Photo I have wanted for ages!

20130416-074119.jpg I have been wanting to capture this image for a year or more. I drive, run or cycle past this point each day to get to work. When the condidtions are just right you get the best fog early in the mornings. This morning it all happened so here it is the image I have wanted to capture. The most amazing thing is the background just beyond the powerlines is a slag heap. Beauty can be found everywhere, if you are willing to wait.

It’s amazing where a bike can go!

Amazing. Just Amazing.

Originally posted on Cycling Geelong:

Welsh Adventurer Maria Leijerstam, 35, pedalled 500 miles across the icy wilderness of Antarctica to win her gruelling record attempt after four years of training.

She managed it in just ten days – 12 days ahead of schedule despite “vicious conditions” across the frozen continent.

Her three-wheel bicycle and daring route gave her the edge over her two male competitors from America and Spain.

Read about her adventures on SBS news or The Express.

Yes more proof that, with the right gear and determination, a girl on a bike can go almost anywhere!

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The World’s 8 Most Grueling Endurance Events

8 amazing races.

Originally posted on Sykose Extreme Sports News:

Race Across America

No matter what the sport, top athletes are always looking to push themselves to their limits. This drive has led to the creation of competitive events that test human physical limits. In this slideshow, explore some of the most grueling endurance contests on Earth.

We begin with a race across an entire continent — The Race Across America, a 3,000-mile bike race from the Pacific coast of the United States to the Atlantic. Participants may race solo or in teams of two-, four- or eight-person members alternating turns riding.

All participants have 12 days to finish the race. Solo riders can expect to sleep as little as 90 minutes per day and spend more than 20 hours each day on their bikes. Hallucinations from sleep-deprivation are a serious enough concern that support crews monitor the riders.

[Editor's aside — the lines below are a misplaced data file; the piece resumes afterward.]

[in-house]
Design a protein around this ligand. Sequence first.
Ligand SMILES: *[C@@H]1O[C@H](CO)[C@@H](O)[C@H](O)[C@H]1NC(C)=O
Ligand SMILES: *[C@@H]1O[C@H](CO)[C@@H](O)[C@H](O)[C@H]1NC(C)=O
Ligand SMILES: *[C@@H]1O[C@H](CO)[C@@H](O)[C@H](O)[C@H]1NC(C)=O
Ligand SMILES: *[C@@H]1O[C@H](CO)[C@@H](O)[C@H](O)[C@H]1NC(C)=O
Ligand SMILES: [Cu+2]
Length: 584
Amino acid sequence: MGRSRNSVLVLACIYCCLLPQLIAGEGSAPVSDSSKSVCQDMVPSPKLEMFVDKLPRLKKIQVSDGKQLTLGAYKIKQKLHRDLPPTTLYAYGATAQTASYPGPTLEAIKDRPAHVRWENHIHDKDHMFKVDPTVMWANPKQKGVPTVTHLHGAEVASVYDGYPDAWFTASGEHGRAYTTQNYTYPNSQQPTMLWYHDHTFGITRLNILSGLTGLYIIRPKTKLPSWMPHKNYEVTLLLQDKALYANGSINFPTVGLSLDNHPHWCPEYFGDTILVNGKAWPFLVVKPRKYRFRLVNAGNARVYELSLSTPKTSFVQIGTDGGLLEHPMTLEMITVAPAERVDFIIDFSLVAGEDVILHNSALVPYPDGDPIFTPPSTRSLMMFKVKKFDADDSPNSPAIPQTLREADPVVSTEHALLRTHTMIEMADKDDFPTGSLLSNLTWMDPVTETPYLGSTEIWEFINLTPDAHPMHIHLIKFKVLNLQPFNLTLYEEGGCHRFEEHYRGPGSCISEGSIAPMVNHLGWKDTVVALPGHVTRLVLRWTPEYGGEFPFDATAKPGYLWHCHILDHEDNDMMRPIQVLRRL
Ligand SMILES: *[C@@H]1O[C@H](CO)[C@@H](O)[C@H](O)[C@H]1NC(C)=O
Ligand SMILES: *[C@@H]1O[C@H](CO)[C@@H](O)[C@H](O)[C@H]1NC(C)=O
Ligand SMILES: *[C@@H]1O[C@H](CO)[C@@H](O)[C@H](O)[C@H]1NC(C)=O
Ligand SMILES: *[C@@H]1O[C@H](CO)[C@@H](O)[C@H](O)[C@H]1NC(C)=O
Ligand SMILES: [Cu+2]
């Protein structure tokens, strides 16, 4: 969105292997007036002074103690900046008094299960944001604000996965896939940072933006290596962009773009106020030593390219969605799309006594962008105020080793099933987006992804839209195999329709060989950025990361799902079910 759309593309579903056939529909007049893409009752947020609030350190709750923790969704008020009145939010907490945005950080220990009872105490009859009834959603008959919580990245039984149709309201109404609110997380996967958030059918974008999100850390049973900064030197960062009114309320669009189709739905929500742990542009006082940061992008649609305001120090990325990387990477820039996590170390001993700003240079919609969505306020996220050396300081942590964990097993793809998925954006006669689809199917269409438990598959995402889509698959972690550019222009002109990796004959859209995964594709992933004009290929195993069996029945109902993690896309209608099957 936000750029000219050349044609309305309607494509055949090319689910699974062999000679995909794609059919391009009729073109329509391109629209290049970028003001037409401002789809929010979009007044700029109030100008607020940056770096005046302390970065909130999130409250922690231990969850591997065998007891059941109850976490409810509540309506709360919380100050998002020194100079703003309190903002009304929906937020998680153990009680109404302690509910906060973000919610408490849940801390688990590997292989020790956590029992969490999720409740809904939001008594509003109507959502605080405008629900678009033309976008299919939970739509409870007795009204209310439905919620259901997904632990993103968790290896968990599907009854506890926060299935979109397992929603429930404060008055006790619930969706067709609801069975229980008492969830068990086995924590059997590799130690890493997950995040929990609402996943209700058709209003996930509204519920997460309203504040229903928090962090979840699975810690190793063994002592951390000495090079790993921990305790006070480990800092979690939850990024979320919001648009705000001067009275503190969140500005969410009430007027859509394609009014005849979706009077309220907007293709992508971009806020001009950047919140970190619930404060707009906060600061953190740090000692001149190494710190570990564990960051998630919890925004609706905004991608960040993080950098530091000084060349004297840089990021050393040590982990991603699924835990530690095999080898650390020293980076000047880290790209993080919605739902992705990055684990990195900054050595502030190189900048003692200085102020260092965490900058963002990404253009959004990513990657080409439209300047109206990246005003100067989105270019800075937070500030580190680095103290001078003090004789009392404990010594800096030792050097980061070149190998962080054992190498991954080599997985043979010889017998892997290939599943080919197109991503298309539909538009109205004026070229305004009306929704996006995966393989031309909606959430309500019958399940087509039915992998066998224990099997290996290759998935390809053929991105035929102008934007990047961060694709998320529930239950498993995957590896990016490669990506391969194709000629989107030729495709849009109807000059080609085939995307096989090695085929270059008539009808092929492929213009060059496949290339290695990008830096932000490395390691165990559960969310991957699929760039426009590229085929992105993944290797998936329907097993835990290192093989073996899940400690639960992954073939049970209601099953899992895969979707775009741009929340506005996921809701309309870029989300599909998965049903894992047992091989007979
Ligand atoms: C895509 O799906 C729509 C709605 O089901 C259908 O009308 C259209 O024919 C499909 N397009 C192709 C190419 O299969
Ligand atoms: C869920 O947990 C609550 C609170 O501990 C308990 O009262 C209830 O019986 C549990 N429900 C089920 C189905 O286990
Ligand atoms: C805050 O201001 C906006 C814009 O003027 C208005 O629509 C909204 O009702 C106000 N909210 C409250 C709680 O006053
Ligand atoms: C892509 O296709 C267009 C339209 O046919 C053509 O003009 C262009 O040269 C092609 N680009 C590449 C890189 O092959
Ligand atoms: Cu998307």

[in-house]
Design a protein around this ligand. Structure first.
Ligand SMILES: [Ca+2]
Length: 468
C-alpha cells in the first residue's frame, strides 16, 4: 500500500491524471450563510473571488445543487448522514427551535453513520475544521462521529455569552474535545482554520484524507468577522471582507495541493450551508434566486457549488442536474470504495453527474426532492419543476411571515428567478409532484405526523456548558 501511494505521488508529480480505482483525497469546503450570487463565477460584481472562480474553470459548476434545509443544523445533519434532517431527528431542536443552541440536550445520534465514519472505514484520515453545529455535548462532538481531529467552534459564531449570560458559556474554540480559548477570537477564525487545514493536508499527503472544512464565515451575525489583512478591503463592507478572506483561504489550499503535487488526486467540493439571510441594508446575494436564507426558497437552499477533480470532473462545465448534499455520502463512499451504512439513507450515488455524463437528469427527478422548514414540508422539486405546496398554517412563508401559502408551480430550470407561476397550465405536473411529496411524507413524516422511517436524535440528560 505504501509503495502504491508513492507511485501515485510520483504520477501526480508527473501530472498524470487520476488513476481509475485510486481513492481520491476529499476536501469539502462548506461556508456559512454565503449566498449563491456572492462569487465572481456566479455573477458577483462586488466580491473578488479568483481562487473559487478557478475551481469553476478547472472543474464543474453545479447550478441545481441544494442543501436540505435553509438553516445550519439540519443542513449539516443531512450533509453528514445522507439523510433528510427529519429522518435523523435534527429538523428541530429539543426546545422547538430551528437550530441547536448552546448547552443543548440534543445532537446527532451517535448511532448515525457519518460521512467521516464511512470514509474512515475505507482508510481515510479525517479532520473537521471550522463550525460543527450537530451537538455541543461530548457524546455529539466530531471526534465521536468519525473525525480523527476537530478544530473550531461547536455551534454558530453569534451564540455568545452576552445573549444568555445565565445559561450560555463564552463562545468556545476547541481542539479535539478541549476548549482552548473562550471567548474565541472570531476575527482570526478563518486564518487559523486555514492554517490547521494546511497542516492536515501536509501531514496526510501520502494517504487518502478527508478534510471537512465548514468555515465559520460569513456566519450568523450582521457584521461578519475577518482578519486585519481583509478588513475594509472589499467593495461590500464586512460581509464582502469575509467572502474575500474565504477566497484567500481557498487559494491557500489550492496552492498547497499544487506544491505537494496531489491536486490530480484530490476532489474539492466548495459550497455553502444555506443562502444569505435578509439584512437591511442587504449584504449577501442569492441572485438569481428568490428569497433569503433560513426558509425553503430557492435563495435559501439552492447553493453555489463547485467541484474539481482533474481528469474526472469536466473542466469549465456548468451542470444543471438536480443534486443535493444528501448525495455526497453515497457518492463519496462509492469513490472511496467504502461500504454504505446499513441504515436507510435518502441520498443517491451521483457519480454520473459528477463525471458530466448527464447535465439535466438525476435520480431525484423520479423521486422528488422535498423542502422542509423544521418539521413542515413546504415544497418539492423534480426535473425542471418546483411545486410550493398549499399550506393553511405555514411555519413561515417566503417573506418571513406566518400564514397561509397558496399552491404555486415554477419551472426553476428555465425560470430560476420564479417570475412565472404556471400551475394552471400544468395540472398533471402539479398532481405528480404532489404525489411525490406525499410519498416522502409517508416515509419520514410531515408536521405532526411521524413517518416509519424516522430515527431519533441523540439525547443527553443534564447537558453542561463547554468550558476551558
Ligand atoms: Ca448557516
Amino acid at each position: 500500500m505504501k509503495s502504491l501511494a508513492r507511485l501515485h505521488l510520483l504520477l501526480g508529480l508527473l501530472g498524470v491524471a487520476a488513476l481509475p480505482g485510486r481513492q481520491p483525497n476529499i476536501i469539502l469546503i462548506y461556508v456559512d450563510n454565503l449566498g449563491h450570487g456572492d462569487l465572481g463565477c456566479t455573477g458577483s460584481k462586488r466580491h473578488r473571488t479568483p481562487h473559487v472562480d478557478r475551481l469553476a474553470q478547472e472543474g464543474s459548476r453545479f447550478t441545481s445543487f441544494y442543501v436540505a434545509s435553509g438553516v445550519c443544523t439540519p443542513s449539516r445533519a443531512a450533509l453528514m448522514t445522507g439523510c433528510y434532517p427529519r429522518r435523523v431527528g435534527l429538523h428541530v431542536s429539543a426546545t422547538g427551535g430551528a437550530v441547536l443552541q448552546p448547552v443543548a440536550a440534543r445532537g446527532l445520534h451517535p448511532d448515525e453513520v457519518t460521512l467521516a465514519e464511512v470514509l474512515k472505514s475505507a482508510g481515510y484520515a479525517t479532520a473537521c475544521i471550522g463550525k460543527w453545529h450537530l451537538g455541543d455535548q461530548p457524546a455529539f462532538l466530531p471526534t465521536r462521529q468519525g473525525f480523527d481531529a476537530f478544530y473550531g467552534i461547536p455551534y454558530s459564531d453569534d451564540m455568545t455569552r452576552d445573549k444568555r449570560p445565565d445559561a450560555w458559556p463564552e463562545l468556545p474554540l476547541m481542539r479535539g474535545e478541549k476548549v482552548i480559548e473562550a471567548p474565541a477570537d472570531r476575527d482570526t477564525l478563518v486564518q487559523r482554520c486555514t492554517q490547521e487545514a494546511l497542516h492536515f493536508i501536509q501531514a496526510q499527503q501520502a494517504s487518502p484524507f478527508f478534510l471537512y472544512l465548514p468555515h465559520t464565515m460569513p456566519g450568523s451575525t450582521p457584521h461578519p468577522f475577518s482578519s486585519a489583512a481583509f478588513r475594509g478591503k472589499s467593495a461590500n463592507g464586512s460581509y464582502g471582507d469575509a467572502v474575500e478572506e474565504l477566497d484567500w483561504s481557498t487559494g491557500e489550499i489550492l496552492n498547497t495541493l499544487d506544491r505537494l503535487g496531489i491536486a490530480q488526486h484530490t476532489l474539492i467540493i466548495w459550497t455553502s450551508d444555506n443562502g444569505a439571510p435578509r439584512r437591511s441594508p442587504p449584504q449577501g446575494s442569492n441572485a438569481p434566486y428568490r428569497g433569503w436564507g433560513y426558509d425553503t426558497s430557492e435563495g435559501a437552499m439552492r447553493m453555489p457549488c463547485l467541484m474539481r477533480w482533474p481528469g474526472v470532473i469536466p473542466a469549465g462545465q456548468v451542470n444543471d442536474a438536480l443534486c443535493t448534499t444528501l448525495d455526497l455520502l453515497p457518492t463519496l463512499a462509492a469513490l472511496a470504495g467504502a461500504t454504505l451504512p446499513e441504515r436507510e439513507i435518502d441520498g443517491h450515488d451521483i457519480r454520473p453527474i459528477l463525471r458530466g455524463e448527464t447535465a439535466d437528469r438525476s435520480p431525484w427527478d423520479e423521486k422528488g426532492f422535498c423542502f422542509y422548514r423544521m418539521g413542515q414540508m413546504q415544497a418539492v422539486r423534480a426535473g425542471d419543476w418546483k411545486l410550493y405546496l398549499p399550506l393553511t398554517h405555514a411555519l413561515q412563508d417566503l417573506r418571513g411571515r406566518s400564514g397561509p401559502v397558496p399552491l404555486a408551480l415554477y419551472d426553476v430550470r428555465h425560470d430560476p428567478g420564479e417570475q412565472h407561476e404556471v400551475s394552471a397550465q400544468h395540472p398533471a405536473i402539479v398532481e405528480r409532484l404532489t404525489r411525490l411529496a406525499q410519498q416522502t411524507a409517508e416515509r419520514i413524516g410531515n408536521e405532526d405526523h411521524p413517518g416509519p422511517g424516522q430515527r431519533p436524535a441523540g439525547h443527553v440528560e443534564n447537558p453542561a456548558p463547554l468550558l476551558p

Runners in the Marathon des Sables, which…

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An Uneasy Feeling in My Gut: Project 26 Weeks 3 & 4.

I have an uneasy feeling in my gut. (Here my wife would get in and say MAYBE I have eaten too many glutamates. Yes I may have eaten too many tomatoes with corn which has resulted in massive stomach cramps). But that is not the feeling I am talking about. It is more what do I do with the spare shelf space. It is kind of like money in the wallet burning a hole in your pocket. I just need to spend it. Well, I have this need to fill the shelf space I now have.

IMG_1588Up to this point in the cleaning out, I have not had to deal with void space. Especially in the cupboard. When cleaning up the kitchen and the shed, I did not end up with empty space. I ended up with a more usable area. Both in the shed and kitchen all the drawers are still full the shelves covered. What to do about the empty space? How do I get over the fact that space is available? My head says don’t fill it, enjoy it; but my gut feels uneasy with the space. An adjustment period is needed.

The challenge now is to figure out how to deal with having space to put things without just filling them because I can’t handle having the space. Must be time for a mental shift. I have now figured out how to prevent money burning a hole in my pocket, but how about space. Maybe this is why I have been spending so much time looking at the Tiny House Movement.

Any ideas on how to deal with empty shelf space, other than just fill it?